(Since today is the 40th anniversary of the debut of M*A*S*H, I thought I would dust off an old post from August, 2010.)
If there happens to be any Mobile Army Surgical Hospital (MASH) unit sites left in Korean from the days of the Korean War, I would imagine they look a lot like the site of the M*A*S*H television series set in the Santa Monica Mountains.
The Korean War (1950-53) is often called “the forgotten war,” but the movie M*A*S*H (1970), and the television dramedy that it spawned are anything but.
The series, which followed the lives of battlefield surgeons in MASH unit #4077, starred Alan Alda, Wayne Rogers, Mike Farrell, McLean Stevenson, Larry Linville, Loretta Swit, Jamie Farr, David Ogden Stiers, and Gary Burghoff. It debuted on September 17, 1972, and lasted nearly four-times longer than the war it was based on. Its run ended on February 28, 1983, with a 2 ½-hour send-off that was the most watched show in American broadcasting history with nearly 106 million viewers. (Super Bowl XLIV earlier this year finally broke the record with 106.5 million watchers.)
I recently led a group of five teenaged family members to the site of the exterior set that appeared in all 256 episodes of the series. It is located in what is now Malibu Creek State Park (formerly 20th Century Fox’s Film Ranch), and is a dusty
2 ½-mile walk in from the campground. (Next to the campground is the house used in the 1948 comedy Mr. Blandings Builds His Dream House, which starred Cary Grant and Myrna Loy.) It was blisteringly hot that day, but I felt the hike was worth it. I’m not so sure that my young companions felt the same way, not having grown up with talk of “the swamp,” “Hot Lips,” “Ferret Face,” Grape Nehi, and the Toledo Mud Hens.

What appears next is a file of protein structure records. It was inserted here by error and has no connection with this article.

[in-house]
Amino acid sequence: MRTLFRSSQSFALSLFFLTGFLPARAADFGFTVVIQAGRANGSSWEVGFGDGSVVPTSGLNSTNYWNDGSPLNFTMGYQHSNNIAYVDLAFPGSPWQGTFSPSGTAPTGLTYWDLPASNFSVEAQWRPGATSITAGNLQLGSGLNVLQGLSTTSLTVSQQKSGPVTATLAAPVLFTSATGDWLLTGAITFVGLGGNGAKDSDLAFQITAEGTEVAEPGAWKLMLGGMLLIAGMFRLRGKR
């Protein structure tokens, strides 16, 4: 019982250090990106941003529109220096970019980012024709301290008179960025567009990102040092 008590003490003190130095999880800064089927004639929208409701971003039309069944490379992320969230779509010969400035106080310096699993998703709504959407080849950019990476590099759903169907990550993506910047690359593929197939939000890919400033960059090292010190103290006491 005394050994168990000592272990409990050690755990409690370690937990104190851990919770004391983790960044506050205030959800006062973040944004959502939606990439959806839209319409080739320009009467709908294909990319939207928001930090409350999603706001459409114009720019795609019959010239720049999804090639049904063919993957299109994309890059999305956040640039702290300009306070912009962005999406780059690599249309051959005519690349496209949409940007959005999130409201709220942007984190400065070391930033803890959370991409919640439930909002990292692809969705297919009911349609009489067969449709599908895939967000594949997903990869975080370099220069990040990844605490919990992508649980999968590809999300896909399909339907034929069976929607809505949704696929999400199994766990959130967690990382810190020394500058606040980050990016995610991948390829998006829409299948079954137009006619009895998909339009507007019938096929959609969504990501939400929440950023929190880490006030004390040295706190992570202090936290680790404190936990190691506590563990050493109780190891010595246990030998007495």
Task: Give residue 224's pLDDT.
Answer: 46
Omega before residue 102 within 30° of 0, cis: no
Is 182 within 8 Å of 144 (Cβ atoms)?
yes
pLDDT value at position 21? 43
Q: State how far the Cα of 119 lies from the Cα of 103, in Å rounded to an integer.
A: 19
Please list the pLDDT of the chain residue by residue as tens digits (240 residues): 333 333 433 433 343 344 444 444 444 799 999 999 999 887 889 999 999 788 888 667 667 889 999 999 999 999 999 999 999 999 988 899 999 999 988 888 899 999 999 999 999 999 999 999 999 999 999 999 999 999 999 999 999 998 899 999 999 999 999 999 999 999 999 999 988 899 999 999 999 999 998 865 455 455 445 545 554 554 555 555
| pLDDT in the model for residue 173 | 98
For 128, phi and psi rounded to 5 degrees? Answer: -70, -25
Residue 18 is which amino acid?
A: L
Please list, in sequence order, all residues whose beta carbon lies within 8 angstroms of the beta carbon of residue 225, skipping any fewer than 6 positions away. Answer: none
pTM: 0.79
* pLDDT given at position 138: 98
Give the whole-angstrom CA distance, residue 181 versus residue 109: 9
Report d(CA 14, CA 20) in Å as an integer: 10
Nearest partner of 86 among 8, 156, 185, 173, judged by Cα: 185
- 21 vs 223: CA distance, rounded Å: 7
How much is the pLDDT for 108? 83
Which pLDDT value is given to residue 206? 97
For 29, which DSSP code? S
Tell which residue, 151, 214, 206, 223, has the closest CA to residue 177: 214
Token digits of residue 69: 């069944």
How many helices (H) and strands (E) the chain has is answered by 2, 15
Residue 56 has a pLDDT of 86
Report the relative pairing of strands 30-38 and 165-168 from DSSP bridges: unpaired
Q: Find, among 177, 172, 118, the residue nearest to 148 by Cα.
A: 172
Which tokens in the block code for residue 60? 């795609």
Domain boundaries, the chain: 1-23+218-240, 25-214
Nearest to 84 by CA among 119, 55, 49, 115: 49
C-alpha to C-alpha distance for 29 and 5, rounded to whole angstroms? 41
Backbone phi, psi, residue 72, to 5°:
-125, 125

The site contains the rusting hulks of an army jeep and ambulance as well as a tin shed which contains pictures taken from the show. Over the past few years, volunteers have cleared the area of brush and staked out the former locations of the camp’s tents. The famous directional sign which stood near the mess hall has been re-created and is displayed on weekends. The flattened area that was used as the helipad in the series is still located above the camp.
Apart from the vehicles, nothing remains on site from the actual show, but the “swamp,” which served as Hawkeye’s tent, can still be seen at the Smithsonian Institute in Washington. Radar’s teddy bear is still around and was recently sold at auction for nearly $12,000. (An interesting bit of trivia: Sesame Street’s Big Bird has a teddy bear named Radar.)
Since it went off the air, M*A*S*H has lived on in syndication and unlike the Korean War, will never be forgotten. (Luckily, there don’t seem to be any AfterMASH reruns out there, so we can all collectively forget that sorry piece of post-partum depression.)